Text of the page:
On March 1, 2004, Bar Counsel filed the Specification of Charges and Petition Instituting Formal Disciplinary Proceedings against respondent. Personal service on respondent could not be accomplished, in part because he failed to provide an address at which papers could be delivered. The court entered an order allowing service by alternate means, and the notice of charges was published in the Daily Washington Law Reporter and Legal Times. On March 9, 2004, respondent telephoned the Board and Bar Counsel inquiring about the time and place for the prehearing conference scheduled the following day, which he did not attend. A hearing was held on May 11, 2005. Respondent advised the Board by telephone on May 10 and 11, 2005 that he would not be attending the hearing. In its report, the Hearing Committee sua sponte concluded that the substance of the underlying complaint should be treated as confidential under D.C. Bar R. XI, § 17(a).1
Both respondent and Bar Counsel filed exceptions to the Hearing Committee Report. Although respondent's counsel filed a brief, neither respondent nor his counsel appeared for oral argument before the Board in April 2006.
On July 31, 2006, the Board issued its Report and Recommendation, which adopted the Hearing Committee's findings of fact, findings of violations, and recommended sanctions. While the Board concluded that the respondent waived any right to keep the underlying allegations confidential, it ordered that all references to the underlying disciplinary complaint be redacted from the public record and filed under seal. It recommended, however, that this court direct that all references to the underlying case be unsealed.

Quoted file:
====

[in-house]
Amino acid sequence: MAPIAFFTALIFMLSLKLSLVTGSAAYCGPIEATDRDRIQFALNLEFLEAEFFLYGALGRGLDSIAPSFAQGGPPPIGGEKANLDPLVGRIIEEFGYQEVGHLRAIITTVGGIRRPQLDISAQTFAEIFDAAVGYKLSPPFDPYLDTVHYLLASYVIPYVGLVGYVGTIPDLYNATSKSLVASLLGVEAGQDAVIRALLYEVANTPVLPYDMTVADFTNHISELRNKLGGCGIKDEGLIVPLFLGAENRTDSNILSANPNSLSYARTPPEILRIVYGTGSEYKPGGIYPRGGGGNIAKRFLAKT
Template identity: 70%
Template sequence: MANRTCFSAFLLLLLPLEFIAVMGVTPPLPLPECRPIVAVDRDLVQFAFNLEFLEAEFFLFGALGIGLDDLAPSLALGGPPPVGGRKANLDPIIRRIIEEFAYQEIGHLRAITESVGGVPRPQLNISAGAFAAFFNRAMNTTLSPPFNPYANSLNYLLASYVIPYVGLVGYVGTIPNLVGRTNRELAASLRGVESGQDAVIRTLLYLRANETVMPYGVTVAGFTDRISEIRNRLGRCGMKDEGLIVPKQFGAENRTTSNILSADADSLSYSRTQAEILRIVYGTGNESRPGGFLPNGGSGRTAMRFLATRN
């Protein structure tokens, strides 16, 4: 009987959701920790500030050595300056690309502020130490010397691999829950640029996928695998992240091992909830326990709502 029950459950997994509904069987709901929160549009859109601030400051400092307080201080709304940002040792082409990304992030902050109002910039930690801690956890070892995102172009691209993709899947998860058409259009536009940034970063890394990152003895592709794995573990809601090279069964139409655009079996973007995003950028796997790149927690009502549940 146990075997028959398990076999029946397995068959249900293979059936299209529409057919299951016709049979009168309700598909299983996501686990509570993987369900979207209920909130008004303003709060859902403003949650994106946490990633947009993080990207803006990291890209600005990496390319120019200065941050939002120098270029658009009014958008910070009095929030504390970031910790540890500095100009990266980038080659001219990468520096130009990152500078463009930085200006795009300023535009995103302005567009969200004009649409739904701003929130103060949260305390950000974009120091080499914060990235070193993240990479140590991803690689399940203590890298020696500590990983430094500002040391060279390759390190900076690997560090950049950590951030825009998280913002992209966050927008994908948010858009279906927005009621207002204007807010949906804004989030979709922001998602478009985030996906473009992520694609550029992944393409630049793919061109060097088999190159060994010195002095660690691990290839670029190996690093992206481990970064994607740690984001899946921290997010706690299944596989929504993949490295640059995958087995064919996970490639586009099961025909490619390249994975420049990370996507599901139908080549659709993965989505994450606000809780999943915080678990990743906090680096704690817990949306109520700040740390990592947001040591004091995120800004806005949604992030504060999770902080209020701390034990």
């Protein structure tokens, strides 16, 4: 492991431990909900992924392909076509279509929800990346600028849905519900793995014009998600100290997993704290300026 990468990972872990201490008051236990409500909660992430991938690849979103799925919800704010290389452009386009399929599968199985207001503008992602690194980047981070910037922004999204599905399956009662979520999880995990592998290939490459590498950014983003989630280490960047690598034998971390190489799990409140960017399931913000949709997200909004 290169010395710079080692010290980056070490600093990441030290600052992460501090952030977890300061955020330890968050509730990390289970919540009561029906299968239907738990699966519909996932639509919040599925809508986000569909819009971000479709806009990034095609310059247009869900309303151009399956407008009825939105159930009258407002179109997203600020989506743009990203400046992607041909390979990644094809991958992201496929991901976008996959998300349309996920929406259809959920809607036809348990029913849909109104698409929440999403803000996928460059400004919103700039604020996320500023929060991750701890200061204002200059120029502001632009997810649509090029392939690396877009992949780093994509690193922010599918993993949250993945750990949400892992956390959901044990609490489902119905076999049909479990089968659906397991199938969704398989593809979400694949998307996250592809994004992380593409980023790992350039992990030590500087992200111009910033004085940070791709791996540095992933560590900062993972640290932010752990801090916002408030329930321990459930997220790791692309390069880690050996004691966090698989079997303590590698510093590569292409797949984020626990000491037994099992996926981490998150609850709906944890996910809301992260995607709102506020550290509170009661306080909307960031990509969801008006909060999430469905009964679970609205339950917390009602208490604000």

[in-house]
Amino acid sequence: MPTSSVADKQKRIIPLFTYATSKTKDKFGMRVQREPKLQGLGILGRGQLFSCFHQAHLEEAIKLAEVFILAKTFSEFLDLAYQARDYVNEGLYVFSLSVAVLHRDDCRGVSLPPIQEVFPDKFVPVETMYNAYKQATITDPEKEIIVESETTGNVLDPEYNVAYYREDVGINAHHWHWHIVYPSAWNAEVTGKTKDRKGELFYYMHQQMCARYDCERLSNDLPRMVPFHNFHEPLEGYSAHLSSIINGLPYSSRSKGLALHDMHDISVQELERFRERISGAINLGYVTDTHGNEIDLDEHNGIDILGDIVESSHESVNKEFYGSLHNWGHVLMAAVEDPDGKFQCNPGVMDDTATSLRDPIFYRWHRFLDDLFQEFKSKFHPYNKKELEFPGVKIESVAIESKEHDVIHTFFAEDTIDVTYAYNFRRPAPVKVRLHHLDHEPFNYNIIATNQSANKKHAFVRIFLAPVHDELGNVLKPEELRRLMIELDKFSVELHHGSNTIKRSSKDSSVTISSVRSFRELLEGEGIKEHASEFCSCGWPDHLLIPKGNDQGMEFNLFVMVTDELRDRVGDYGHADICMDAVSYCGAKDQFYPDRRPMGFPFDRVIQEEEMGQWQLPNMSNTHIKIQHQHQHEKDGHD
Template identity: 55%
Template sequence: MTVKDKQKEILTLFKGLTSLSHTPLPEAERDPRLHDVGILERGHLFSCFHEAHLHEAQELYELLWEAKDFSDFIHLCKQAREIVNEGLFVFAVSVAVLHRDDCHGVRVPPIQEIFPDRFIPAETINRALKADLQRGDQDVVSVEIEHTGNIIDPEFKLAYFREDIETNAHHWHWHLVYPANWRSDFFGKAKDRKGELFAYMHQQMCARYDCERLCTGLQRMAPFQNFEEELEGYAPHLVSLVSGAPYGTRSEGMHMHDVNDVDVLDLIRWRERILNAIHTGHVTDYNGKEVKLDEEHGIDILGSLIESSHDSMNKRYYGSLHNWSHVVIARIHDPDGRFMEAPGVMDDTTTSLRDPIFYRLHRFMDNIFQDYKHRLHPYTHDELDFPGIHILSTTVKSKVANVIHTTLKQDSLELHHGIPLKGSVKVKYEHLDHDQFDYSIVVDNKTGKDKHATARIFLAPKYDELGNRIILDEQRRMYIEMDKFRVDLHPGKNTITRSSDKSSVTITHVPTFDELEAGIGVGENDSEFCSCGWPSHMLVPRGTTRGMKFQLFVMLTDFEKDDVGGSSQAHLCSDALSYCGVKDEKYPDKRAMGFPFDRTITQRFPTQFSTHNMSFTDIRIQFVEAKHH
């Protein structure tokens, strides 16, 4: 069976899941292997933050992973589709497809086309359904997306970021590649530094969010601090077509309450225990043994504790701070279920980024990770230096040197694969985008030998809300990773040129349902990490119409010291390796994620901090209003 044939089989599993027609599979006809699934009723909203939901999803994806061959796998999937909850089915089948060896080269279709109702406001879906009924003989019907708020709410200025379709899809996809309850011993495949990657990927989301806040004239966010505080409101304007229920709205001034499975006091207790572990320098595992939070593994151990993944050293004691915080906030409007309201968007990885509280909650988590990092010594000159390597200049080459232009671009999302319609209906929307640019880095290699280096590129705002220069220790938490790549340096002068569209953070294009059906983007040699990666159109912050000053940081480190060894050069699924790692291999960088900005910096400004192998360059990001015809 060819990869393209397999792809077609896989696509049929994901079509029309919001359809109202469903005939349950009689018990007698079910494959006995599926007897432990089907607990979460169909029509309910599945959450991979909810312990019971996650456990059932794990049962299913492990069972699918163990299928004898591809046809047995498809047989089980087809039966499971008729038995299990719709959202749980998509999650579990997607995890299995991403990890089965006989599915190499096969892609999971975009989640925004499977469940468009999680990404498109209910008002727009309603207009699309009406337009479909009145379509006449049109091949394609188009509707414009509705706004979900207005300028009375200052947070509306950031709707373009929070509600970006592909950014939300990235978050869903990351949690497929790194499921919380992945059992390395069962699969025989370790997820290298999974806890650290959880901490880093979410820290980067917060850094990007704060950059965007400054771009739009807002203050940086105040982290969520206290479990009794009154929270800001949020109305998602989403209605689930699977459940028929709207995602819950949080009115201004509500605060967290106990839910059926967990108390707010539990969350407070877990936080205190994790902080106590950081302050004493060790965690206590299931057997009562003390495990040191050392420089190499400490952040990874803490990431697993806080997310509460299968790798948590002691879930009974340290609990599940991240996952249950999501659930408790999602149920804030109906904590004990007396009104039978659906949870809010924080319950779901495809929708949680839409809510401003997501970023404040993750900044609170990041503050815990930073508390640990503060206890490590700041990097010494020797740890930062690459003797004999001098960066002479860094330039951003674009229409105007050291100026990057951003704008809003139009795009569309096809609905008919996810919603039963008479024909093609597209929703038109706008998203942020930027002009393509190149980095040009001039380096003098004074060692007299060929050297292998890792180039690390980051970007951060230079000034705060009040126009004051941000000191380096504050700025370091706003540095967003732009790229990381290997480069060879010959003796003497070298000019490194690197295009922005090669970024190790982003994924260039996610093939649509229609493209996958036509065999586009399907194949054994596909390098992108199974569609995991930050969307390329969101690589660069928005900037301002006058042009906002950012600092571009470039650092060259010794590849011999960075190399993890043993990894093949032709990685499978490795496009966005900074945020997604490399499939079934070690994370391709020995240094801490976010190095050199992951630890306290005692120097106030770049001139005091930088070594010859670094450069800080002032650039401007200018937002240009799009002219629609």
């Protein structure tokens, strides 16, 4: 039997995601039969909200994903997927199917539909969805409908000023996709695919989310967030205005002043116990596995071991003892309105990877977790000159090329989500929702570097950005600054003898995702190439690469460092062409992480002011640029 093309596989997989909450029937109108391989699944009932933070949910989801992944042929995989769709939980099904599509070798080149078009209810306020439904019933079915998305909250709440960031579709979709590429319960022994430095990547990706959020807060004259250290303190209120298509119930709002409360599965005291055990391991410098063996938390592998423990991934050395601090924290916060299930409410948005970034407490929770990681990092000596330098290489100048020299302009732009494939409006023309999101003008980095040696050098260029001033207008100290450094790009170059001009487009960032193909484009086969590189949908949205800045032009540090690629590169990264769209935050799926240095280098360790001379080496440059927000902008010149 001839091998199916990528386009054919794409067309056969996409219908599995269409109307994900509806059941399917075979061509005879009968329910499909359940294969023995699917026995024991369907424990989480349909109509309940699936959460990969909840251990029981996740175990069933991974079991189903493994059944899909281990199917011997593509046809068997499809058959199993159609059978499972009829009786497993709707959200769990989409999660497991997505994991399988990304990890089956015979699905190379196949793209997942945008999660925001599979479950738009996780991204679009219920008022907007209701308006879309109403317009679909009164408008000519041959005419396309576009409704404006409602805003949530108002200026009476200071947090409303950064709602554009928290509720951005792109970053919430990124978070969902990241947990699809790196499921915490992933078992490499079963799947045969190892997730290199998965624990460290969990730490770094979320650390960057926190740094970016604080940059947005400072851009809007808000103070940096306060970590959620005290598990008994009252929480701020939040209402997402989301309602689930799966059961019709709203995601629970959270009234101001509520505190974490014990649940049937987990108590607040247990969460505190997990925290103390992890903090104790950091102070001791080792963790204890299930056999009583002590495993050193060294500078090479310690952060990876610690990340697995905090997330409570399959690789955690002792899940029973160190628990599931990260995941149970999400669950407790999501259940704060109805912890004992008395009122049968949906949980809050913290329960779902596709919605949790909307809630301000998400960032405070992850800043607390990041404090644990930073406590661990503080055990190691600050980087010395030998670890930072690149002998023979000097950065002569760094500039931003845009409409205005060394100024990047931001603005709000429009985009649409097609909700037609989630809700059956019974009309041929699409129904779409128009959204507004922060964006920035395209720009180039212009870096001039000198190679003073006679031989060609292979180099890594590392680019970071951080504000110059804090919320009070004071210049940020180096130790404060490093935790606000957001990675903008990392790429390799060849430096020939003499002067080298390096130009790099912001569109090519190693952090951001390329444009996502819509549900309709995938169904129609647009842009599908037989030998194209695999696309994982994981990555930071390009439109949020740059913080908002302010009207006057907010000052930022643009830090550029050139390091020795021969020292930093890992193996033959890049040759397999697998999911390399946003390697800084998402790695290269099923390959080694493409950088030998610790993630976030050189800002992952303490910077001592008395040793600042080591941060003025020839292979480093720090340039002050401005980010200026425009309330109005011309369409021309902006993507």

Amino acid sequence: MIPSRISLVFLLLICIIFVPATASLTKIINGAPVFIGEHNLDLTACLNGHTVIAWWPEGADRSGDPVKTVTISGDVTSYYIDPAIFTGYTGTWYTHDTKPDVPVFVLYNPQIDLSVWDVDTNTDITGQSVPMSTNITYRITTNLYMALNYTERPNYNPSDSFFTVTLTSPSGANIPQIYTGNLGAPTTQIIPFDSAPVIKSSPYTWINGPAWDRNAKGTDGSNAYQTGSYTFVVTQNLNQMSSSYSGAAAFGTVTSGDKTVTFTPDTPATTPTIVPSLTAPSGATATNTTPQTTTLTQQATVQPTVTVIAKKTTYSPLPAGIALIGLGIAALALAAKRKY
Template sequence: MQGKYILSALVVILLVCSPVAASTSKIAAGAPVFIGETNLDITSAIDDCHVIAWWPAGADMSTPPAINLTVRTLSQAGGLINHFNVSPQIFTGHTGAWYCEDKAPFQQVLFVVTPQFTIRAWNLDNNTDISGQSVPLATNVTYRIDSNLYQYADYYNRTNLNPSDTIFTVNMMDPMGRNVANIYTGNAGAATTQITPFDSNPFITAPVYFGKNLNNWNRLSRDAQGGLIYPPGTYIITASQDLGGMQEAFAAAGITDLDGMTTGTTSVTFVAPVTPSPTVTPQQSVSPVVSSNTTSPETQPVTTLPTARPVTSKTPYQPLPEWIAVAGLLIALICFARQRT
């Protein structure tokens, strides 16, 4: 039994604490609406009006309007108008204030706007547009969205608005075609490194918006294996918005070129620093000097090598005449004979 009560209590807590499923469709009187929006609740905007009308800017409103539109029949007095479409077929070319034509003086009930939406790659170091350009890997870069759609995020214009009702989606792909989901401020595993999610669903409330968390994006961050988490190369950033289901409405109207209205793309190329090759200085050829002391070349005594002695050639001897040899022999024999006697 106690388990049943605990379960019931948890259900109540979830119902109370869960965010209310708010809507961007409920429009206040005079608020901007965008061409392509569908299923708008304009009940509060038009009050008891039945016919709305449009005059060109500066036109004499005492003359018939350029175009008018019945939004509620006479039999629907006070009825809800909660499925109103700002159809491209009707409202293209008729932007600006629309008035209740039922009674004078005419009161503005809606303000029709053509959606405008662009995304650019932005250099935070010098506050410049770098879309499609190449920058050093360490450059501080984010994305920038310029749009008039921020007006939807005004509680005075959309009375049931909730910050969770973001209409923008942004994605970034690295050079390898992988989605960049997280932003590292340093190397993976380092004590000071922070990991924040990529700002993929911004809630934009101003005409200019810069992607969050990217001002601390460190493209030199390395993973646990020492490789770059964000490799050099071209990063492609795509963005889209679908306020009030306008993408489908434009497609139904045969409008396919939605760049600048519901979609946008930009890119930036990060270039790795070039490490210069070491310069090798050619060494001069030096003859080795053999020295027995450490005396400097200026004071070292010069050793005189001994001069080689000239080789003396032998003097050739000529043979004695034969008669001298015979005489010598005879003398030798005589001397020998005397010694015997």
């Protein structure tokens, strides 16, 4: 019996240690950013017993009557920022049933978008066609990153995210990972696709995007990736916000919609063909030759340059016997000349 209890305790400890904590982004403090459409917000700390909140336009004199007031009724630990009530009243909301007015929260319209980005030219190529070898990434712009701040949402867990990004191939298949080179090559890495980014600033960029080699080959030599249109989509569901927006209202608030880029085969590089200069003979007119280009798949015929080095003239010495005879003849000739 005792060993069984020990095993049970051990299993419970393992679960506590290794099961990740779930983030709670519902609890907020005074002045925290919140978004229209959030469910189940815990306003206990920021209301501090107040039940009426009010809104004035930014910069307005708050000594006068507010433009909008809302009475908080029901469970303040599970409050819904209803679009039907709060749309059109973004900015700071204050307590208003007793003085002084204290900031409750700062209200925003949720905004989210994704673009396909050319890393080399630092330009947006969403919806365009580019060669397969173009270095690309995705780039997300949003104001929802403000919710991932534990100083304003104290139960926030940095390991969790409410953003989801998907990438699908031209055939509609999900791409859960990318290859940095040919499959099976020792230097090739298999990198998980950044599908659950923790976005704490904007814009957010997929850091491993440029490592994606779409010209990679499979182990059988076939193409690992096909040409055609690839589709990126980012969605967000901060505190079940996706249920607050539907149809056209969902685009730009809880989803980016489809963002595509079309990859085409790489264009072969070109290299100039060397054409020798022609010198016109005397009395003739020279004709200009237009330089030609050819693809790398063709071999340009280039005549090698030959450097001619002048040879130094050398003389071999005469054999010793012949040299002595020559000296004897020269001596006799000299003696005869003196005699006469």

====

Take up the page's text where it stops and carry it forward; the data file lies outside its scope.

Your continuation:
Briefs were filed in this court by Bar Counsel and the Board, but not by respondent. Bar Counsel agrees with the Board's factual findings and recommended sanction. This court will accept the Board's findings as long as they are supported by substantial evidence in the record. D.C. Bar R. XI, § 9(g)(1). Moreover, we will impose the sanction recommended by the Board “unless to do so would foster a tendency toward inconsistent dispositions for comparable conduct or would otherwise be unwarranted.” Id. We conclude there is substantial support in the record for the Board's findings, and accordingly, we accept them. Likewise, we adopt the sanction recommended by the Board, as it is not inconsistent with discipline imposed in cases involving similar violations. See In re Burnett, 878 A.2d 1291 (D.C.2005) (imposing a 30-day suspension with a fitness requirement for failing to respond to Bar Counsel); In re Scanlon, 865 A.2d 534 (D.C.2005); In re Steinberg, 864 A.2d 120 (D.C.2004); In re Lilly, 699 A.2d 1135 (D.C.1997).